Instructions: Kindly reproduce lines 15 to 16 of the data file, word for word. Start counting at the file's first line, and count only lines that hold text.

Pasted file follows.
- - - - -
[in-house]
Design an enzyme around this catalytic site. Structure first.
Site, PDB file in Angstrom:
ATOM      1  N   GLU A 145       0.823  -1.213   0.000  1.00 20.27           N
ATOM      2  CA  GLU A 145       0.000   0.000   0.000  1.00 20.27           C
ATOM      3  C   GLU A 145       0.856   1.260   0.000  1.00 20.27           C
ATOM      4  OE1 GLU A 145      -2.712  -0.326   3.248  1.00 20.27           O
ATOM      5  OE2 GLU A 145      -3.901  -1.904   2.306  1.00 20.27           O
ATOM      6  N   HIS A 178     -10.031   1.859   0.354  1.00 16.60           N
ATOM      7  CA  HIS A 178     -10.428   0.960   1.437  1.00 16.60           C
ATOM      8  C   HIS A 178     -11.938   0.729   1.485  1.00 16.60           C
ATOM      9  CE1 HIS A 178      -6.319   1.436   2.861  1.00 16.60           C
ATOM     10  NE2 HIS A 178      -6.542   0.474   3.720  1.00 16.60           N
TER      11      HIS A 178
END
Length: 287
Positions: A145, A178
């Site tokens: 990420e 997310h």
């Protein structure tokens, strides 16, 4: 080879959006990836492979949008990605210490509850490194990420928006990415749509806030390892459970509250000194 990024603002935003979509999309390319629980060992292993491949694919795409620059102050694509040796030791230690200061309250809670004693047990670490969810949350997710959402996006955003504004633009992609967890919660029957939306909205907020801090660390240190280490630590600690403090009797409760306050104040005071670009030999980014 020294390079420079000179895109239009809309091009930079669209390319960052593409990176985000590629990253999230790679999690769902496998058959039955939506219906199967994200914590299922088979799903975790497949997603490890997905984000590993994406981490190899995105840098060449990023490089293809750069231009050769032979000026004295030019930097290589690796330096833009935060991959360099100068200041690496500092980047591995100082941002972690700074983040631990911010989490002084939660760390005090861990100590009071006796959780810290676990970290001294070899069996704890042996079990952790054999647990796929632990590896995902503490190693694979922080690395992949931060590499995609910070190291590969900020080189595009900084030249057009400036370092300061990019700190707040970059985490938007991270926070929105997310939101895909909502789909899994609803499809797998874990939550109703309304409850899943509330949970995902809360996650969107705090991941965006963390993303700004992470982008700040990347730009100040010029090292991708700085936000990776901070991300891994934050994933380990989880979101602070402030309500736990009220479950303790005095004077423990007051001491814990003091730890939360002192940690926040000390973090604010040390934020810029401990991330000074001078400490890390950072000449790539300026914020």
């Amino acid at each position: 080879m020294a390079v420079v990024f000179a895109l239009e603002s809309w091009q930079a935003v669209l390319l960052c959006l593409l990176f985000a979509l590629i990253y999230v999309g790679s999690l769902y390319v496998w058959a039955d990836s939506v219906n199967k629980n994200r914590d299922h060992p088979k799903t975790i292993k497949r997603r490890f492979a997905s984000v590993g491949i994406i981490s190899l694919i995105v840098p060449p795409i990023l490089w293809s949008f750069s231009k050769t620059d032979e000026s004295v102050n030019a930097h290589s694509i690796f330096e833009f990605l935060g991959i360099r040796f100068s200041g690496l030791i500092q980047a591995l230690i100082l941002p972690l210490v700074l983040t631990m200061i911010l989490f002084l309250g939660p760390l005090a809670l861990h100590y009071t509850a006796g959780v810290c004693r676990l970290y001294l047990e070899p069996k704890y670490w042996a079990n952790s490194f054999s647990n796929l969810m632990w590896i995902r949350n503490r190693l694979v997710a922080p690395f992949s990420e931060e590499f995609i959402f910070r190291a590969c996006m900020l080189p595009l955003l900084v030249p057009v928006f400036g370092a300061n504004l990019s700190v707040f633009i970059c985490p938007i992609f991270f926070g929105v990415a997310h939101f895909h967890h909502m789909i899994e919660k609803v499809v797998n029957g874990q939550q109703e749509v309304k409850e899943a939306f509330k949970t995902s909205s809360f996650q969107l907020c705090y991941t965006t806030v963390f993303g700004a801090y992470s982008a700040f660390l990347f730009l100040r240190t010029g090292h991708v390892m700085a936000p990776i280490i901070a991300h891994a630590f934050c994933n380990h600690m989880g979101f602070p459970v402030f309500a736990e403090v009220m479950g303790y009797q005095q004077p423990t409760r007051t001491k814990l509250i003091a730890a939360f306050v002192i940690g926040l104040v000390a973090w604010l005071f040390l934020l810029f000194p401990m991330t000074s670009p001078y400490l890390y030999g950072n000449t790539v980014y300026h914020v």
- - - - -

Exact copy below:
END
Length: 287